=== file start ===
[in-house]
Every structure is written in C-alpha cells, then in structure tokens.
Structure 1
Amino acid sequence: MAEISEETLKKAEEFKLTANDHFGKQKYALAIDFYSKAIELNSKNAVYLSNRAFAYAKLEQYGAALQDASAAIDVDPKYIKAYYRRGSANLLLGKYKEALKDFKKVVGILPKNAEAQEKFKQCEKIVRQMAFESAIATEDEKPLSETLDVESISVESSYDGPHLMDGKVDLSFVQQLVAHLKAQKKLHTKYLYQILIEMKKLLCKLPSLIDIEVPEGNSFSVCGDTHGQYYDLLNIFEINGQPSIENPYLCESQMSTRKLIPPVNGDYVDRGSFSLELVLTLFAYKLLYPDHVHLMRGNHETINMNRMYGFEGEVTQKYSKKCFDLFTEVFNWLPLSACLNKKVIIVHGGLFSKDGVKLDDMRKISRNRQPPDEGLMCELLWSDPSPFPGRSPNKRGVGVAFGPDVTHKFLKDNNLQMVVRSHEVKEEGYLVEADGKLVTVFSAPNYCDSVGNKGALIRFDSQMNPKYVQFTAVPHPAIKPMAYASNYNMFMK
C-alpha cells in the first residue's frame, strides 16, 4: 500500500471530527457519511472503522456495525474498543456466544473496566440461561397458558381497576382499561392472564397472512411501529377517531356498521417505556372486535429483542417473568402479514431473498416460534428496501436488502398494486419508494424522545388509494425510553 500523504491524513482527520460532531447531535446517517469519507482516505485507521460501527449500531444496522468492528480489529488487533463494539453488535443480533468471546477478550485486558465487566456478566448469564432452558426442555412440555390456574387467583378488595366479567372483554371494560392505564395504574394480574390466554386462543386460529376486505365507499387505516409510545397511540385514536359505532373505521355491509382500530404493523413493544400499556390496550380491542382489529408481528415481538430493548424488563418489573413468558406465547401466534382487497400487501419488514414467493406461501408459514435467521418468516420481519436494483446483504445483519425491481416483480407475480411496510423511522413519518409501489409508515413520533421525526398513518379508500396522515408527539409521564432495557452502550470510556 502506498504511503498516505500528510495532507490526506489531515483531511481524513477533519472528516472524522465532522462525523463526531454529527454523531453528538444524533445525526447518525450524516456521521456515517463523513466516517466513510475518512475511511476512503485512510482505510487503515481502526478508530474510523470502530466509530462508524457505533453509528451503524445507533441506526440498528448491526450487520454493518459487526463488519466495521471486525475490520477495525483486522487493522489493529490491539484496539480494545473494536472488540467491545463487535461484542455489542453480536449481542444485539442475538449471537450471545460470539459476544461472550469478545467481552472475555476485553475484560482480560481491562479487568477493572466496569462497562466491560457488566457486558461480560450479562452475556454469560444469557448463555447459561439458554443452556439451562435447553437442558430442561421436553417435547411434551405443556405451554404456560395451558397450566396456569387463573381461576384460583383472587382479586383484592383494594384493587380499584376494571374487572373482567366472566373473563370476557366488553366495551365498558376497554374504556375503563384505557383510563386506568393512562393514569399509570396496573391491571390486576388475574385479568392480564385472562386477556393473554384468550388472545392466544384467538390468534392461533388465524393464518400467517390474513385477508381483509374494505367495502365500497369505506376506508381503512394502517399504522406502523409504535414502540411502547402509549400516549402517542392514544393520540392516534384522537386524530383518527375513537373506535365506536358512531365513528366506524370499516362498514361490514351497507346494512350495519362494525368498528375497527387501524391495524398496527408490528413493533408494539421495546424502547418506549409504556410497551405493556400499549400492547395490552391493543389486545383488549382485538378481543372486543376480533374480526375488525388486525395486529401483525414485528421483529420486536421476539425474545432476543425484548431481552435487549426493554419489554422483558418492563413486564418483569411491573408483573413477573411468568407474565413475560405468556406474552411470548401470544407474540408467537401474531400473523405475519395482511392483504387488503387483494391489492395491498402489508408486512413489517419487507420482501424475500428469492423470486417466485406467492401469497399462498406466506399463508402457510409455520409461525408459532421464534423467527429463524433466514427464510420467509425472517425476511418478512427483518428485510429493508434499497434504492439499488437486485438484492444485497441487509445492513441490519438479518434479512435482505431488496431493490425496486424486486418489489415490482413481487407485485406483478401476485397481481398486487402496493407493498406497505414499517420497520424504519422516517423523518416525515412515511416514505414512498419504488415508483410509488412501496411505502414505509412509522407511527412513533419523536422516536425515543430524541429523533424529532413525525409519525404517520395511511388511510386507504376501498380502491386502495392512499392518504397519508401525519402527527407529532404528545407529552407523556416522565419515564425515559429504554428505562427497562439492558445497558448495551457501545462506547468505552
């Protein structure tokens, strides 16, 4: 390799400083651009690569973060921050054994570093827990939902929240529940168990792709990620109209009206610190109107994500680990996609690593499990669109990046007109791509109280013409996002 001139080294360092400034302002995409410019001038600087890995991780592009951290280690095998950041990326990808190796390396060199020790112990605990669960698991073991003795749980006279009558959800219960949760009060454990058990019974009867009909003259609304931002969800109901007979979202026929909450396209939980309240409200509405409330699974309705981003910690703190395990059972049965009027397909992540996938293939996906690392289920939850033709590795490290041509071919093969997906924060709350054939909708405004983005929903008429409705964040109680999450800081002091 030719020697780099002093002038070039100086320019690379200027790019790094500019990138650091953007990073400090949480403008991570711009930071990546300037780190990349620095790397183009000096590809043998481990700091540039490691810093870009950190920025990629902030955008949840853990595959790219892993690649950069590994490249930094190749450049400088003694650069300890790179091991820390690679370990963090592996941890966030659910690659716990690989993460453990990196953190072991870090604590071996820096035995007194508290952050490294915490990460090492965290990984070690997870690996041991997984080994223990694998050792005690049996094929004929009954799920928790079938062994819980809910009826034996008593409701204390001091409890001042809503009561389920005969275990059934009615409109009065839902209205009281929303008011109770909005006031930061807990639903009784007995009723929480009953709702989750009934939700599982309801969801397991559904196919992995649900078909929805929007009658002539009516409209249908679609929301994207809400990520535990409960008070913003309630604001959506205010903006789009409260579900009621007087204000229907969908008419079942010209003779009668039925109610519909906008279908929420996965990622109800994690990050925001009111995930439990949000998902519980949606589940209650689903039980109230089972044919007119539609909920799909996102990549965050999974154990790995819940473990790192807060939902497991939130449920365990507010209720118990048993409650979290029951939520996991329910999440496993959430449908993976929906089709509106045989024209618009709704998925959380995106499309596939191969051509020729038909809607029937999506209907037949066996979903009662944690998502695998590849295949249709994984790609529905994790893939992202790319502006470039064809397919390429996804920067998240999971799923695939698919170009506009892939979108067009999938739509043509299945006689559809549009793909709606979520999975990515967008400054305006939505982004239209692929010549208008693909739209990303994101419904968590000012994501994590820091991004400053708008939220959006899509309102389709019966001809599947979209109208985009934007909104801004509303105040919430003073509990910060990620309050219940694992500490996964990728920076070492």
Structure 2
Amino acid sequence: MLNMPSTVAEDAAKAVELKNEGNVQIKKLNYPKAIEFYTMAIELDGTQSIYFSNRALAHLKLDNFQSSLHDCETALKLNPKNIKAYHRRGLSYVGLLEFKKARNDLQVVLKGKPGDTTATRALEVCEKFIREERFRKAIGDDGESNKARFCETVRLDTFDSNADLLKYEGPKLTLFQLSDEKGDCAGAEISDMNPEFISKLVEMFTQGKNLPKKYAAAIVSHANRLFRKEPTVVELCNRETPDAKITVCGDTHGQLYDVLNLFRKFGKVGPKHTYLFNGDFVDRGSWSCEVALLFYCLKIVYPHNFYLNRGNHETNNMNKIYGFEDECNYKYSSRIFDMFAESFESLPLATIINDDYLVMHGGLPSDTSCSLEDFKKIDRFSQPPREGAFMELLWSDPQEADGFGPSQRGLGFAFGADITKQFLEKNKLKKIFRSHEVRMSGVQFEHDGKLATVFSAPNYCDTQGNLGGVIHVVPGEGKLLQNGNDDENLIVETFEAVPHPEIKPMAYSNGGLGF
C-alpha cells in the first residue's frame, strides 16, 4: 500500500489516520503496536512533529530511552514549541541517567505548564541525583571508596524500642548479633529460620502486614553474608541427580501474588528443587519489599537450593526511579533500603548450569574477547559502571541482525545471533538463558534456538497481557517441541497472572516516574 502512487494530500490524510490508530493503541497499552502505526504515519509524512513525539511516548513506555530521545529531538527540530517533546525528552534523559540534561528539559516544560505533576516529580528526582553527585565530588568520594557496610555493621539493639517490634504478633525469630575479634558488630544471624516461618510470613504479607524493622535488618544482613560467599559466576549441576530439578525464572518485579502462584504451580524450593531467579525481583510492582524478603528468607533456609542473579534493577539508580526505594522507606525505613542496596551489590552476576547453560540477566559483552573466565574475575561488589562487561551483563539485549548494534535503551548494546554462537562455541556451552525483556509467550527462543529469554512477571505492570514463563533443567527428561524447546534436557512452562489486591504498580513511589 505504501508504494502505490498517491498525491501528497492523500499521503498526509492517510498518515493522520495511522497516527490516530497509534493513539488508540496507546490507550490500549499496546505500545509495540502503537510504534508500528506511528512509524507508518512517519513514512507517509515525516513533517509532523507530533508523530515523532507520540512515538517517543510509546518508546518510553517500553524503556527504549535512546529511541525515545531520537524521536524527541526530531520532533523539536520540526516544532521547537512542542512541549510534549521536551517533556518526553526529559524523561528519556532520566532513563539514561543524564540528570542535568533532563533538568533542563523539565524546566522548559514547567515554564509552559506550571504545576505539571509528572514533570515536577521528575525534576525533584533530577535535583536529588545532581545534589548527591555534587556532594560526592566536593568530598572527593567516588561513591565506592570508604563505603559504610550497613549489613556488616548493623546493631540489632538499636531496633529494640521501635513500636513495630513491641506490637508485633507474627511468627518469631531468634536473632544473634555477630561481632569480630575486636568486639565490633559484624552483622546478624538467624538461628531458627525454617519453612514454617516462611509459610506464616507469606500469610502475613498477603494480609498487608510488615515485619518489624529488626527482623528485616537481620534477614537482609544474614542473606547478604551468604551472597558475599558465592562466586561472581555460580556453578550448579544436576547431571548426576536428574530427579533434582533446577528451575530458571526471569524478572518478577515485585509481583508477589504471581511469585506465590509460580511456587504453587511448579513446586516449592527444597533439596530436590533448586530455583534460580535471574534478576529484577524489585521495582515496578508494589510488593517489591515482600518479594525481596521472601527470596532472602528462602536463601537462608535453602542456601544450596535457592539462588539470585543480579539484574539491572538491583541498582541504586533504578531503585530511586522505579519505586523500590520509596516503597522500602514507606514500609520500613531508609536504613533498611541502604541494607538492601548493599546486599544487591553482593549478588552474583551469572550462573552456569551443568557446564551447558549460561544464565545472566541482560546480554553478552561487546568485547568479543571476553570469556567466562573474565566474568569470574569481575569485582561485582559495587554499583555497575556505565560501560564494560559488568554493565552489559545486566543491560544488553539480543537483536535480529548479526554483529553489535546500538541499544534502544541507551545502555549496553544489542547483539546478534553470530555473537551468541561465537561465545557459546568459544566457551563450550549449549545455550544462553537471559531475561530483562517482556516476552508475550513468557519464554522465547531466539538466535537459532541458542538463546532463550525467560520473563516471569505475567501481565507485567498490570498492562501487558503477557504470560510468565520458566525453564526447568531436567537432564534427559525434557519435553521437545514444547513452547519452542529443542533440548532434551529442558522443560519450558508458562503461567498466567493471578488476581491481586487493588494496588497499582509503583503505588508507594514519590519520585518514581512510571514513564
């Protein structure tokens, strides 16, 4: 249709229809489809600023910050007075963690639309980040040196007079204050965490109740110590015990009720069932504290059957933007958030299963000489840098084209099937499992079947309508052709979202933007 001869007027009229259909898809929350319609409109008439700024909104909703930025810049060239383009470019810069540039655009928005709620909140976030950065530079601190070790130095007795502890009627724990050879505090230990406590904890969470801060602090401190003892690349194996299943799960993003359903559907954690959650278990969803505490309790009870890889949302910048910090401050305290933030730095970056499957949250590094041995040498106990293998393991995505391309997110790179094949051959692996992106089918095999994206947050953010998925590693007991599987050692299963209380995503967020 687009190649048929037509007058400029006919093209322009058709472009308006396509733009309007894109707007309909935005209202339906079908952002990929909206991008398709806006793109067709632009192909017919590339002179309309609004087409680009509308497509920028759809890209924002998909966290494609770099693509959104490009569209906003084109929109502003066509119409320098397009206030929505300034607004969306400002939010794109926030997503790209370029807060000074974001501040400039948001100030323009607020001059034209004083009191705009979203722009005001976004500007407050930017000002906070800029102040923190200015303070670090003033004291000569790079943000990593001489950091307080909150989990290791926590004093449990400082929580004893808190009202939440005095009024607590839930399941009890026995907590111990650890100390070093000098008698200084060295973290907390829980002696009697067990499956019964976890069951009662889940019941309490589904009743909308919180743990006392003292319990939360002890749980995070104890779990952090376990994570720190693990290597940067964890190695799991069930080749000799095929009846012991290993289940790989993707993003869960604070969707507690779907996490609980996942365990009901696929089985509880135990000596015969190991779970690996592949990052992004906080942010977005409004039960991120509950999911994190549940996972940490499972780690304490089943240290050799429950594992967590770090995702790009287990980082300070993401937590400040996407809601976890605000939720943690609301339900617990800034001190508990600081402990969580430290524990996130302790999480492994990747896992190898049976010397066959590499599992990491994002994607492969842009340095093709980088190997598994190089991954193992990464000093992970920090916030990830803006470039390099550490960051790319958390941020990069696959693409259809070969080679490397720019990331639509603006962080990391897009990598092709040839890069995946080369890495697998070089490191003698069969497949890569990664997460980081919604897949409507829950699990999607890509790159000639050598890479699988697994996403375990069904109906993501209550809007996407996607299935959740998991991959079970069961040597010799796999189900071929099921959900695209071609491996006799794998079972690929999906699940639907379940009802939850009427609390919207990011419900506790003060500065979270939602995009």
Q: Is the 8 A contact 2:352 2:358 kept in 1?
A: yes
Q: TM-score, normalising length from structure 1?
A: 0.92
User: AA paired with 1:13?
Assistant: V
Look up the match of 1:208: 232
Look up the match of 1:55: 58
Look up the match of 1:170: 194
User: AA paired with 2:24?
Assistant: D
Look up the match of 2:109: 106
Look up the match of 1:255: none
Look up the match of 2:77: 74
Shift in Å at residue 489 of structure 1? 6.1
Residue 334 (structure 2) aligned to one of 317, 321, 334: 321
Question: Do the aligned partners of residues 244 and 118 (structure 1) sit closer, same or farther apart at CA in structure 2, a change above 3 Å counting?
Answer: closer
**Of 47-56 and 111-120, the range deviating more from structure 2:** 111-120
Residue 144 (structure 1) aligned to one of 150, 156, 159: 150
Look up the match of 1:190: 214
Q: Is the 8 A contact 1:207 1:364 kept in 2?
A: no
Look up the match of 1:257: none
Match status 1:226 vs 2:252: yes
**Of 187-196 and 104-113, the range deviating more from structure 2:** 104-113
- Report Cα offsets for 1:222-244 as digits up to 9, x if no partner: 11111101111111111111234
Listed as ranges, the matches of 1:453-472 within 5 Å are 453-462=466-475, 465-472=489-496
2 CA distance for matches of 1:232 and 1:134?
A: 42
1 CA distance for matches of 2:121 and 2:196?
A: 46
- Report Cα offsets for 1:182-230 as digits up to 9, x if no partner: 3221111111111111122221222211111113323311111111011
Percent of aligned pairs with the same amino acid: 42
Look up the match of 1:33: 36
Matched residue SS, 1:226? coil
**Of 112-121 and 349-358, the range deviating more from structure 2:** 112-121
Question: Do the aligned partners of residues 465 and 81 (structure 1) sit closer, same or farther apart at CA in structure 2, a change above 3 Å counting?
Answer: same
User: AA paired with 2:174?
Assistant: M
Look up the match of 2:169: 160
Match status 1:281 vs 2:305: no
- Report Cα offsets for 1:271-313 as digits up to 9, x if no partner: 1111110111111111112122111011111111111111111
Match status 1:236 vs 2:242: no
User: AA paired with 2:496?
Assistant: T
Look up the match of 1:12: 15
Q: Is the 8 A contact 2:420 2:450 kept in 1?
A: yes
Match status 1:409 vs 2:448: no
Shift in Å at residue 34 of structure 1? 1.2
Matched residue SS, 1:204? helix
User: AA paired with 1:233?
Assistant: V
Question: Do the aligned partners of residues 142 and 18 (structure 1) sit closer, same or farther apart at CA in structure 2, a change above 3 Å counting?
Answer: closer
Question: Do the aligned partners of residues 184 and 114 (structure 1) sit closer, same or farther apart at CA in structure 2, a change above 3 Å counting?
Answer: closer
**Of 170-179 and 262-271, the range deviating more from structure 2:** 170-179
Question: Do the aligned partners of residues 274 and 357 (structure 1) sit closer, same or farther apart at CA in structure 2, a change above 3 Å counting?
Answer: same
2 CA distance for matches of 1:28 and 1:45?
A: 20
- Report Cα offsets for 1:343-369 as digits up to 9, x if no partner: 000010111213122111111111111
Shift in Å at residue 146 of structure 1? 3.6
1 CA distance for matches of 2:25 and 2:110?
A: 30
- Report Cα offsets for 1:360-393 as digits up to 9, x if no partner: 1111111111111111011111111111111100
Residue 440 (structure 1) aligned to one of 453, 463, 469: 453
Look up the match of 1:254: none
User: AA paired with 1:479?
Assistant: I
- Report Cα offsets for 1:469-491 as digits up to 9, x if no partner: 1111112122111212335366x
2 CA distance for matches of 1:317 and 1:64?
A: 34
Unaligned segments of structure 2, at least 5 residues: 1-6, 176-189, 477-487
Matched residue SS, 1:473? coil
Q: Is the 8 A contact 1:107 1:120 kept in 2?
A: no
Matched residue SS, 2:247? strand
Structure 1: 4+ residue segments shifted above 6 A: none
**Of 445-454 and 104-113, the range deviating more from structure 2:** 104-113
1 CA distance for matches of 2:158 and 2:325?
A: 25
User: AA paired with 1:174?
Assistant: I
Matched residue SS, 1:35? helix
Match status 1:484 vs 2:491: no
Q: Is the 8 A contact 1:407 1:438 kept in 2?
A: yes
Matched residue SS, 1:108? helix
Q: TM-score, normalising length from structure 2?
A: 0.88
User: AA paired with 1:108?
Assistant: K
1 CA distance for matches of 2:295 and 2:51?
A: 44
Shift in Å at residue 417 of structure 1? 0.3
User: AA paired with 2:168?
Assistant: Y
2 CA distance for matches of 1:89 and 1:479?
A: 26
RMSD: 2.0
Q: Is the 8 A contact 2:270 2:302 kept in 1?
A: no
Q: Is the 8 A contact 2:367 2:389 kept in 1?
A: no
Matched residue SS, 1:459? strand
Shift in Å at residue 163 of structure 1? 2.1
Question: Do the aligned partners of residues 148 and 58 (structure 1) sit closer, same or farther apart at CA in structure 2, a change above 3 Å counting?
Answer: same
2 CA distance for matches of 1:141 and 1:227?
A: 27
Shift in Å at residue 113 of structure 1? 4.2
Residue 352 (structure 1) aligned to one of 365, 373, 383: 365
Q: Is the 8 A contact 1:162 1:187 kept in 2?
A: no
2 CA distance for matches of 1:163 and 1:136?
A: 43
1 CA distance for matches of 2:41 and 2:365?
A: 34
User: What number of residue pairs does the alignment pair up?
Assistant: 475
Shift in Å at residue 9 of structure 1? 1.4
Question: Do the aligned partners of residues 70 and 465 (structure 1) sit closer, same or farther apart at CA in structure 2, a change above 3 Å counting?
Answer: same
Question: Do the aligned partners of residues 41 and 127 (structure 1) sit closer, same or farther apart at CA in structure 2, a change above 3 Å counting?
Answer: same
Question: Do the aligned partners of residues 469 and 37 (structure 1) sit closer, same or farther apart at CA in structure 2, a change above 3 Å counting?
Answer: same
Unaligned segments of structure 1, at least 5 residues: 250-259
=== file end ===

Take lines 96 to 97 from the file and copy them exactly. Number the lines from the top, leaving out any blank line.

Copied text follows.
User: AA paired with 1:174?
Assistant: I